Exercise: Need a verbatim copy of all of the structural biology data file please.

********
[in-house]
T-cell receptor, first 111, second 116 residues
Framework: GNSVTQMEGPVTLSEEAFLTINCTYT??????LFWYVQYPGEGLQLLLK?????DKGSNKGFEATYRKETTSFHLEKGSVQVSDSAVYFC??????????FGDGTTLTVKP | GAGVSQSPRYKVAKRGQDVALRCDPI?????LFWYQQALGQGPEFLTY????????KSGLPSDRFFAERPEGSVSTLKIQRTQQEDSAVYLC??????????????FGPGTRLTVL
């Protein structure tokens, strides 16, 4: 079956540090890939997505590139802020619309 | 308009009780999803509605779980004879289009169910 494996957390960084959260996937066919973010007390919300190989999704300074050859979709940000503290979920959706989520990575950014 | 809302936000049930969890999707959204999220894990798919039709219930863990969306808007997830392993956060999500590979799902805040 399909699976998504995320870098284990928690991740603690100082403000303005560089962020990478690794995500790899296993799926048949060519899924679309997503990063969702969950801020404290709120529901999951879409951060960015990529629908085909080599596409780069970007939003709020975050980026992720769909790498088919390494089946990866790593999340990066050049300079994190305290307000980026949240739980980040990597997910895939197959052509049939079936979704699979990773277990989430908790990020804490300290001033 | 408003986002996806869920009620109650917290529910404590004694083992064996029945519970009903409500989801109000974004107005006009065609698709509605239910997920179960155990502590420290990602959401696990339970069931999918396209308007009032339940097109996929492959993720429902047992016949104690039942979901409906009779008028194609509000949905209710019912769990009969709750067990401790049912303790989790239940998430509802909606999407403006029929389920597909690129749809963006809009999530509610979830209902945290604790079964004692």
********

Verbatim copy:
[in-house]
T-cell receptor, first 111, second 116 residues
Framework: GNSVTQMEGPVTLSEEAFLTINCTYT??????LFWYVQYPGEGLQLLLK?????DKGSNKGFEATYRKETTSFHLEKGSVQVSDSAVYFC??????????FGDGTTLTVKP | GAGVSQSPRYKVAKRGQDVALRCDPI?????LFWYQQALGQGPEFLTY????????KSGLPSDRFFAERPEGSVSTLKIQRTQQEDSAVYLC??????????????FGPGTRLTVL
């Protein structure tokens, strides 16, 4: 079956540090890939997505590139802020619309 | 308009009780999803509605779980004879289009169910 494996957390960084959260996937066919973010007390919300190989999704300074050859979709940000503290979920959706989520990575950014 | 809302936000049930969890999707959204999220894990798919039709219930863990969306808007997830392993956060999500590979799902805040 399909699976998504995320870098284990928690991740603690100082403000303005560089962020990478690794995500790899296993799926048949060519899924679309997503990063969702969950801020404290709120529901999951879409951060960015990529629908085909080599596409780069970007939003709020975050980026992720769909790498088919390494089946990866790593999340990066050049300079994190305290307000980026949240739980980040990597997910895939197959052509049939079936979704699979990773277990989430908790990020804490300290001033 | 408003986002996806869920009620109650917290529910404590004694083992064996029945519970009903409500989801109000974004107005006009065609698709509605239910997920179960155990502590420290990602959401696990339970069931999918396209308007009032339940097109996929492959993720429902047992016949104690039942979901409906009779008028194609509000949905209710019912769990009969709750067990401790049912303790989790239940998430509802909606999407403006029929389920597909690129749809963006809009999530509610979830209902945290604790079964004692």